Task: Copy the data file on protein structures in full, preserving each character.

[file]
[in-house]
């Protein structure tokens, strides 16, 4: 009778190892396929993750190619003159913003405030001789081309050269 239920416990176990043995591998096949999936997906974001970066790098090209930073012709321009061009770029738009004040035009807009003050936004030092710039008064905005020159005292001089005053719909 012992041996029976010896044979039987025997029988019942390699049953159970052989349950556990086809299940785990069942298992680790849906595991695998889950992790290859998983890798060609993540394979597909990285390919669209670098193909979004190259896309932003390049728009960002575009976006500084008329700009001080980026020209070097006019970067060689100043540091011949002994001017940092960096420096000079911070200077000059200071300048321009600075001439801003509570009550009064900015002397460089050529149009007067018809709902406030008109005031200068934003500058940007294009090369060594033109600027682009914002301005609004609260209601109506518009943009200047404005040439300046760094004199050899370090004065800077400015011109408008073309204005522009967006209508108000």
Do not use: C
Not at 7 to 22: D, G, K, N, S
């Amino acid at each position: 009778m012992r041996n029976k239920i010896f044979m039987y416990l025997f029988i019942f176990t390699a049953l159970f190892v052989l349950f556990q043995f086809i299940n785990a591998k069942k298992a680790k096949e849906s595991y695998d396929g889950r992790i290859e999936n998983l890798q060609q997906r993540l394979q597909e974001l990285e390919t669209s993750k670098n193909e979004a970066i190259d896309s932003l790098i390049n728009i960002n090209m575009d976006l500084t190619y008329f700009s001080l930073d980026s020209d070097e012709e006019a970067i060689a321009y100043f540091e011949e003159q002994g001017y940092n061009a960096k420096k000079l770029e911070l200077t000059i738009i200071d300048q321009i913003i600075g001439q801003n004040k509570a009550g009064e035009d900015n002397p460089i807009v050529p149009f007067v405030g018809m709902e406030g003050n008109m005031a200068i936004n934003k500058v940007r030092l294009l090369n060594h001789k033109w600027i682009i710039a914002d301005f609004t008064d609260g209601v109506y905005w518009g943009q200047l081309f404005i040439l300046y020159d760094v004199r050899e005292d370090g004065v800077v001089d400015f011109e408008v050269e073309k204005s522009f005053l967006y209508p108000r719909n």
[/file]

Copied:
[in-house]
């Protein structure tokens, strides 16, 4: 009778190892396929993750190619003159913003405030001789081309050269 239920416990176990043995591998096949999936997906974001970066790098090209930073012709321009061009770029738009004040035009807009003050936004030092710039008064905005020159005292001089005053719909 012992041996029976010896044979039987025997029988019942390699049953159970052989349950556990086809299940785990069942298992680790849906595991695998889950992790290859998983890798060609993540394979597909990285390919669209670098193909979004190259896309932003390049728009960002575009976006500084008329700009001080980026020209070097006019970067060689100043540091011949002994001017940092960096420096000079911070200077000059200071300048321009600075001439801003509570009550009064900015002397460089050529149009007067018809709902406030008109005031200068934003500058940007294009090369060594033109600027682009914002301005609004609260209601109506518009943009200047404005040439300046760094004199050899370090004065800077400015011109408008073309204005522009967006209508108000």
Do not use: C
Not at 7 to 22: D, G, K, N, S
């Amino acid at each position: 009778m012992r041996n029976k239920i010896f044979m039987y416990l025997f029988i019942f176990t390699a049953l159970f190892v052989l349950f556990q043995f086809i299940n785990a591998k069942k298992a680790k096949e849906s595991y695998d396929g889950r992790i290859e999936n998983l890798q060609q997906r993540l394979q597909e974001l990285e390919t669209s993750k670098n193909e979004a970066i190259d896309s932003l790098i390049n728009i960002n090209m575009d976006l500084t190619y008329f700009s001080l930073d980026s020209d070097e012709e006019a970067i060689a321009y100043f540091e011949e003159q002994g001017y940092n061009a960096k420096k000079l770029e911070l200077t000059i738009i200071d300048q321009i913003i600075g001439q801003n004040k509570a009550g009064e035009d900015n002397p460089i807009v050529p149009f007067v405030g018809m709902e406030g003050n008109m005031a200068i936004n934003k500058v940007r030092l294009l090369n060594h001789k033109w600027i682009i710039a914002d301005f609004t008064d609260g209601v109506y905005w518009g943009q200047l081309f404005i040439l300046y020159d760094v004199r050899e005292d370090g004065v800077v001089d400015f011109e408008v050269e073309k204005s522009f005053l967006y209508p108000r719909n």